In addition to the three grades of gasoline, fuel oil (heating oil), B-2 ultra low sulfur diesel and off-road diesel, the Consortium has obtained pricing for members interested in  5%-20% biodiesel and 5%-20% biofuel oil (heating oil) .

            As an aid to members, the Consortium has provided advice to those interested members concerning comparison of price between fuel oil and natural gas in order to establish forward pricing requirements where alternate fuel capability exists.

            With regard to the Electricity program, the creation of the Consortium was triggered in part by the Pennsylvania Electricity deregulations statues adopted in 1997. The Consortium’s electricity program in the year 2000 resulted in a forty-three ($43,000,000) million-dollar contract, which extended over an eighteen (18) month period ending July 2001. This contract resulted in millions of dollars being saved by the members. Unfortunately, wholesale market pricing and the lack of interest on the part of suppliers, resulted in the members returning to their resident electricity utility. Thereafter, electricity pricing was based upon the rate caps established by the utilities as a result of the deregulation statues.

            The Consortium has established an electricity-purchasing program to seek competitive electricity pricing for members in the PPL territory (rate caps expired January 1, 2010)  and for members in the Allegheny Power, Med-Ed and Penelec territories, whose rate caps set to expire as of January 1, 2011. In order to facilitate this program, the Consortium has secured the services of an energy-consulting firm that has significant experience with the electricity utilities that serve the Consortiums members.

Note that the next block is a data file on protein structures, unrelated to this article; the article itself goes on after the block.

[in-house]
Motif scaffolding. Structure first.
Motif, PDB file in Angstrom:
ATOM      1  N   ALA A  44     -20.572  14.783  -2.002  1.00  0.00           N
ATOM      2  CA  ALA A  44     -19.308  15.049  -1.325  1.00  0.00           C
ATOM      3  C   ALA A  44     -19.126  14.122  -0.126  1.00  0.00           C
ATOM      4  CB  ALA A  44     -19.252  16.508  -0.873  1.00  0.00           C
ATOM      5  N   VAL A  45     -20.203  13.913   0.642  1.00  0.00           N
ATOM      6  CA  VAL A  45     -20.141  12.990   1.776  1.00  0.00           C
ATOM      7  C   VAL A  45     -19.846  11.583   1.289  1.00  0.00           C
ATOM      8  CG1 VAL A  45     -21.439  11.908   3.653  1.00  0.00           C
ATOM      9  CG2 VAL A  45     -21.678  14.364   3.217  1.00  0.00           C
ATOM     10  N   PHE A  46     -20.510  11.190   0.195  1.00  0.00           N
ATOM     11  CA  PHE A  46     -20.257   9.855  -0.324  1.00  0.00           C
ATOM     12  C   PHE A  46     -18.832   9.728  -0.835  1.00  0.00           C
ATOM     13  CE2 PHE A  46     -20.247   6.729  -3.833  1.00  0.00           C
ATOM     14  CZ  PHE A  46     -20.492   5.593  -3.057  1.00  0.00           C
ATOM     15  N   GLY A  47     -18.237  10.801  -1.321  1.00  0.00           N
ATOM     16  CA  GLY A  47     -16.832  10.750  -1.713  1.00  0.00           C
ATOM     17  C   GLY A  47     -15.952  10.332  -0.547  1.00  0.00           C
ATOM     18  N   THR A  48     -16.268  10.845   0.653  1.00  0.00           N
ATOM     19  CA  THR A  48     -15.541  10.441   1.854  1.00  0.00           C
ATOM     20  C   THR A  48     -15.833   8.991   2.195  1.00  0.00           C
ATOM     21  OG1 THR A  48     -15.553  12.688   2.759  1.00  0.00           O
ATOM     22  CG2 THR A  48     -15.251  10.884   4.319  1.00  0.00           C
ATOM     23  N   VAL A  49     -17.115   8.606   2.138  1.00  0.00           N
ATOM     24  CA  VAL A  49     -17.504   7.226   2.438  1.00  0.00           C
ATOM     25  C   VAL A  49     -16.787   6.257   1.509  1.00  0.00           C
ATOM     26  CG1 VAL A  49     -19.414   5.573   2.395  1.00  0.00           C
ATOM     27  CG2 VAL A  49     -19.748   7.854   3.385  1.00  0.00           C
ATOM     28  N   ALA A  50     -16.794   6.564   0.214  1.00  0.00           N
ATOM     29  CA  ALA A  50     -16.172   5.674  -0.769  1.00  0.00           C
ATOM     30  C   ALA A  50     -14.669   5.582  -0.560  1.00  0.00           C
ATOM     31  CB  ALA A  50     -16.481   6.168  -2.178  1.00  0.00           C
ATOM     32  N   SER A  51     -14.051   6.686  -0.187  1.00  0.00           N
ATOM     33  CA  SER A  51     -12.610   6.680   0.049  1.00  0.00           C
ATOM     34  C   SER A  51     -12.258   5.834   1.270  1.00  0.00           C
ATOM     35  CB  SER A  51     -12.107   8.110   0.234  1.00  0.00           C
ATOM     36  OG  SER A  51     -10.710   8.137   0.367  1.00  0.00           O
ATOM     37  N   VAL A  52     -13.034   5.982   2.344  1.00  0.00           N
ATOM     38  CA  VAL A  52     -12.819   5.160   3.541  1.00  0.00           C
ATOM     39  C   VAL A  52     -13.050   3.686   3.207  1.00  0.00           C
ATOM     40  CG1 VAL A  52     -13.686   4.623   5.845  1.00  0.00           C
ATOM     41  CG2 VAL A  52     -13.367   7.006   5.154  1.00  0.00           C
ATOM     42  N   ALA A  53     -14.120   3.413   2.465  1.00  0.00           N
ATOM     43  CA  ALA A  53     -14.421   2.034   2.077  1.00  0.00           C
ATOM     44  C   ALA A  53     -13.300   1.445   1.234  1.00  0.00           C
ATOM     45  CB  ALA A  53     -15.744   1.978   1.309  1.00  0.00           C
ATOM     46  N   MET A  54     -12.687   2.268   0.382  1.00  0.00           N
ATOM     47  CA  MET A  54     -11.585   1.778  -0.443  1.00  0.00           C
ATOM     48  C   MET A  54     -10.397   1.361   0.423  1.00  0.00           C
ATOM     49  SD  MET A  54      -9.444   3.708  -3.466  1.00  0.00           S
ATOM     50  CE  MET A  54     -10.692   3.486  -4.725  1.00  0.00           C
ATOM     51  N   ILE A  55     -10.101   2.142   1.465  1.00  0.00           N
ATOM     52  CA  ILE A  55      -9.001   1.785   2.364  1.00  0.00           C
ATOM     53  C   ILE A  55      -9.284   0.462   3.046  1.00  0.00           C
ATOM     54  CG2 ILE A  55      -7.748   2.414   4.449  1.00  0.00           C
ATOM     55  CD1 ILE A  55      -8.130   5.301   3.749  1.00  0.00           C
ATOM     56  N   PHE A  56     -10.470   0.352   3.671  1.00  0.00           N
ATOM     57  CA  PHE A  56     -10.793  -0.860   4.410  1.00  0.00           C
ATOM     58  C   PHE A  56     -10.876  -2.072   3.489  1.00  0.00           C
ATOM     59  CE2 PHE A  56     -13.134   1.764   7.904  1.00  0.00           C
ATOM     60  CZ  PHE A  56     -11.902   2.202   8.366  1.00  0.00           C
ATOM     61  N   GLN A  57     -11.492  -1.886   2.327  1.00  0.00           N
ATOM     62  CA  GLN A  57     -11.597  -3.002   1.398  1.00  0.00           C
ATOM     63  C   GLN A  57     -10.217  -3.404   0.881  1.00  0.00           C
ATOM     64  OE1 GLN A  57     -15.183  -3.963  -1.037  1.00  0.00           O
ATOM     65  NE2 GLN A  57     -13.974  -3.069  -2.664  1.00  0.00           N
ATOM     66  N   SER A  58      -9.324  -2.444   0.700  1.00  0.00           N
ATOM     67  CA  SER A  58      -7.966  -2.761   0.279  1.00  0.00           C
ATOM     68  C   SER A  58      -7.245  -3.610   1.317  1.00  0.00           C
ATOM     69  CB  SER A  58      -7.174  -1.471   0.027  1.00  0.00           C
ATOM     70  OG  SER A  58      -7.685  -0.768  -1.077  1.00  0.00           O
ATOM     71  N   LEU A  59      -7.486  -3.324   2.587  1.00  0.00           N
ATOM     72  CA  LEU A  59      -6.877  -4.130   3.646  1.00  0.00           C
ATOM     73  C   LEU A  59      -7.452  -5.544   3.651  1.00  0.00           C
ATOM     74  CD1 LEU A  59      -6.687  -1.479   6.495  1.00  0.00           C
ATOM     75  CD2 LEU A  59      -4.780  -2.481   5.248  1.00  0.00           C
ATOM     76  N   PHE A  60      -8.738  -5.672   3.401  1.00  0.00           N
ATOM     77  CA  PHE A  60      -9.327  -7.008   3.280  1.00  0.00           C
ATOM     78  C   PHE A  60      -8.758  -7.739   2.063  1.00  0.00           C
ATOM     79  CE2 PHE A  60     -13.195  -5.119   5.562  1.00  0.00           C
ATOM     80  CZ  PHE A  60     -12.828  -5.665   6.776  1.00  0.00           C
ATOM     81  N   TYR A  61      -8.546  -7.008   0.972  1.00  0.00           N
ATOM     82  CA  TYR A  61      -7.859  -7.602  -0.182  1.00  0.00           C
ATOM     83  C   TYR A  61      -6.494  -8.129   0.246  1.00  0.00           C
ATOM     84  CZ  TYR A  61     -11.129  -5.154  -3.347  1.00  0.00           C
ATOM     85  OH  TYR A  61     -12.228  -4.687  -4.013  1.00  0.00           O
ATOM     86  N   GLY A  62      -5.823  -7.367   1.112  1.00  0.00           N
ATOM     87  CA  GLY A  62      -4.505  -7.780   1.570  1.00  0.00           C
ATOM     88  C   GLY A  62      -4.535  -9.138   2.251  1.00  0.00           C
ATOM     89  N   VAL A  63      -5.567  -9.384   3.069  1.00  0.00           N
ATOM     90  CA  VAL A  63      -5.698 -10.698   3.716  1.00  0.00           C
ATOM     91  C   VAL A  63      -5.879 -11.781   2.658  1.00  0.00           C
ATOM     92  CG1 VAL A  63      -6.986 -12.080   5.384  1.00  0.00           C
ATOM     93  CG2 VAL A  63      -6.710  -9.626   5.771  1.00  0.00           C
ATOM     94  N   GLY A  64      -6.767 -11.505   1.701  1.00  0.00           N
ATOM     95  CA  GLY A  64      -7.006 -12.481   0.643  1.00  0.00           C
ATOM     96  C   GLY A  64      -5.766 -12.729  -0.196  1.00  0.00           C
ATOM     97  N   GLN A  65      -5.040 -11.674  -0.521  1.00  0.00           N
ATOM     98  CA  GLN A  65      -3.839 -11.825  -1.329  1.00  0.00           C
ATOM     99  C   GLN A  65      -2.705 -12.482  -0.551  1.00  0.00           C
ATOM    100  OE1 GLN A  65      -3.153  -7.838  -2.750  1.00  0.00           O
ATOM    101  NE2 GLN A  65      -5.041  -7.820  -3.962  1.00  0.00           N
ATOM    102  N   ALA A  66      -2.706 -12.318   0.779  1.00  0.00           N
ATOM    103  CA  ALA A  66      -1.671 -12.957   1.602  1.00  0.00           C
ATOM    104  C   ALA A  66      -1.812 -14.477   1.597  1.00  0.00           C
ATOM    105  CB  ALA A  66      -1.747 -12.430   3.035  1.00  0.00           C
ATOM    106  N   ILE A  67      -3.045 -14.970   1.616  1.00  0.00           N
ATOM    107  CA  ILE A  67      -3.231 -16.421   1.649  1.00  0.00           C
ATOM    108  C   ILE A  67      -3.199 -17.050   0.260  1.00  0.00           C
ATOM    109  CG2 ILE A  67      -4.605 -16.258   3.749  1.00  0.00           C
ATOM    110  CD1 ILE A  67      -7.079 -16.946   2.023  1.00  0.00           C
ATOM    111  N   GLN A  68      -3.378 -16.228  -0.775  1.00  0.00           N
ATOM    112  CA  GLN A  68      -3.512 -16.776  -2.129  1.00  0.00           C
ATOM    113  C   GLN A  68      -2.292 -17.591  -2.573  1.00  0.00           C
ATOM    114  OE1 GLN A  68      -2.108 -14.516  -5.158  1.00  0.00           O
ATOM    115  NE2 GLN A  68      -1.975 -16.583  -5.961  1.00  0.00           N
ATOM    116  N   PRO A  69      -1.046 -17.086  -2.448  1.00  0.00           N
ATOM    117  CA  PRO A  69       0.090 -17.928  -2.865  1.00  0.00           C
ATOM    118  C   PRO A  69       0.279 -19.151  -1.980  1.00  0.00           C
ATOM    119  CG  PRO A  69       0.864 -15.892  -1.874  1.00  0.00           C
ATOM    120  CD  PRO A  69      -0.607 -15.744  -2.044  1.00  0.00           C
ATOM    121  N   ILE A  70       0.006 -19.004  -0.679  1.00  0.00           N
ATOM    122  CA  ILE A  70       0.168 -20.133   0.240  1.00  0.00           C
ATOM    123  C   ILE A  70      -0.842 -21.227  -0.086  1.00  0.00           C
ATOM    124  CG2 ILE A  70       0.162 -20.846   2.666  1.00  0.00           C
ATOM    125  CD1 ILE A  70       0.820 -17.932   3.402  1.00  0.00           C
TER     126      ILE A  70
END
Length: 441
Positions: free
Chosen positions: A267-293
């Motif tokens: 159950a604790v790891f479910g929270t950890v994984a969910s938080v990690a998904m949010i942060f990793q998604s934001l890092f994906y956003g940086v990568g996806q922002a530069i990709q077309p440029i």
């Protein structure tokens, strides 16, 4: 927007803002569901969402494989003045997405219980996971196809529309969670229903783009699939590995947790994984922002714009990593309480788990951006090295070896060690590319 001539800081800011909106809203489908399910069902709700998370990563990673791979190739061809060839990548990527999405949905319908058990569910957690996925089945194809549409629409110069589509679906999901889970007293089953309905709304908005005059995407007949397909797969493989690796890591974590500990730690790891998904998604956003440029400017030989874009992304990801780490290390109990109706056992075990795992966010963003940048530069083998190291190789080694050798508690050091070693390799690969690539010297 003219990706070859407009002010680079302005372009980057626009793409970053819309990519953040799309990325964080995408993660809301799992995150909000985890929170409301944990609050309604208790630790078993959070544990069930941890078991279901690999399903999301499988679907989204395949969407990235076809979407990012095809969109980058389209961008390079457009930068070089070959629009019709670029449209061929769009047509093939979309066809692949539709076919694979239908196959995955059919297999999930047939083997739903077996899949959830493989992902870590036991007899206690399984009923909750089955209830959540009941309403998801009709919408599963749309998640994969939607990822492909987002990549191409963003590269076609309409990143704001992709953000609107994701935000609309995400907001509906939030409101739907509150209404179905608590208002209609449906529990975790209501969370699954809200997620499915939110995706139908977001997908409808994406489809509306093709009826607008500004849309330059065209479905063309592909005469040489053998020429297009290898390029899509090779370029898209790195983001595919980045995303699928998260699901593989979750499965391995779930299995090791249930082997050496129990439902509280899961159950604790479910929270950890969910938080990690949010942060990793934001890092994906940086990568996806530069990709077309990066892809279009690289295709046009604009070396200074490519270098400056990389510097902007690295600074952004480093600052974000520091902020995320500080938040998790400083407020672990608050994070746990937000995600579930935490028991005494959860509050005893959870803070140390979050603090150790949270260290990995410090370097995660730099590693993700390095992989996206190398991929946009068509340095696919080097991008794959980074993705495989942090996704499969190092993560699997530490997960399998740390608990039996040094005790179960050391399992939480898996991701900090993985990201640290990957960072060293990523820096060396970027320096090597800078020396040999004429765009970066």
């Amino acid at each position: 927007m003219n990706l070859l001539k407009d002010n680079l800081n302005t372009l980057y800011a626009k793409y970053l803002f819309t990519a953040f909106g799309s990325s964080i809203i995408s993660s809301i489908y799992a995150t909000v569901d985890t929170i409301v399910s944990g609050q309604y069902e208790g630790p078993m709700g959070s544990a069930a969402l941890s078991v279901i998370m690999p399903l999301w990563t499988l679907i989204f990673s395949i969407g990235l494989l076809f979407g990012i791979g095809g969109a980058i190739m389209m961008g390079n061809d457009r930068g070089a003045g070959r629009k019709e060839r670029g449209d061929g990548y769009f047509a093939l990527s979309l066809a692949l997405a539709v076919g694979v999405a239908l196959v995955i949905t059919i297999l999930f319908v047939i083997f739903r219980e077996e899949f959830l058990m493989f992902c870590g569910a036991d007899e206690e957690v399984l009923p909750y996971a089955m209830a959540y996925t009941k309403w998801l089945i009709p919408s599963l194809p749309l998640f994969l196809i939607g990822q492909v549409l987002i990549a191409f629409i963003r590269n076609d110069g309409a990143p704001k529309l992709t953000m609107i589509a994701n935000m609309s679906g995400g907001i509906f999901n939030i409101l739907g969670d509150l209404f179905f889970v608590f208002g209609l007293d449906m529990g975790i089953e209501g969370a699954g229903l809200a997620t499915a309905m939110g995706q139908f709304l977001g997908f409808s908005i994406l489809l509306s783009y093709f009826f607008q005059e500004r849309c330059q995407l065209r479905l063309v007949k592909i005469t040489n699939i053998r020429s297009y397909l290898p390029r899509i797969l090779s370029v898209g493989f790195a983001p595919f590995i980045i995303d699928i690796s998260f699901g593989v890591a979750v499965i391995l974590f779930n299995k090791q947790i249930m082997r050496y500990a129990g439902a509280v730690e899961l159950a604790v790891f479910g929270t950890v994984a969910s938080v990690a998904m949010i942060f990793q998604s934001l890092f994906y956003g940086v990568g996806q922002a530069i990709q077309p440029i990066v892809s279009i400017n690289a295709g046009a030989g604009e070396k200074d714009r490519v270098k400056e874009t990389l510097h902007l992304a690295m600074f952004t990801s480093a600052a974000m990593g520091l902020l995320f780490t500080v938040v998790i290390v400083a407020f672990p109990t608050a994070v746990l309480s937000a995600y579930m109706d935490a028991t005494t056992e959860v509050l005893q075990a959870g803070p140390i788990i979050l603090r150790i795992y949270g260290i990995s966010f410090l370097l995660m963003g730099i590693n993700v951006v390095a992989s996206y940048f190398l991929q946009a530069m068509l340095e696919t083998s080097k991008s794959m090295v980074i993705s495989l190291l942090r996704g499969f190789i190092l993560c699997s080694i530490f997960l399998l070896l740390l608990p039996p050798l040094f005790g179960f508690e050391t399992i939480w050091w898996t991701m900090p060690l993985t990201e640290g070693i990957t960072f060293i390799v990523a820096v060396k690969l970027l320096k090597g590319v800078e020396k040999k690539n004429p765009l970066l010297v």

The strategy of the Consortium with regard to electricity purchasing recognizes that both retail and wholesale pricing will rise after the removal of the rate caps. However, by aggregating a significant electricity load, the Consortium believes it will be able to obtain forward electricity contracts, where wholesale pricing makes those contracts attractive. Contracts will be sought for periods between two to five years; pricing will be as a result of coordination with the expert advice of the electricity consultant and relevant forward market indications.

             As a nonprofit entity, the Consortium constantly strives to offer all programs on a least-cost basis. The objectives of the Board of Directors continue to be reliability, service, and savings over current market pricing. With over three (300) hundred active members, the Consortium continues to see its membership expand. As the membership grows, the commodity load requirements increase, which provide an even greater attraction to the vendors and suppliers of those commodities, and the potential for more competitive pricing.

             As the complexities of the technology and resultant energy requirements increase, stability and predictability in pricing for energy becomes an absolute necessity. The aggregation of member’ energy load requirements to achieve consistent savings at low cost remains the primary goal of the Consortium and its Board of Directors.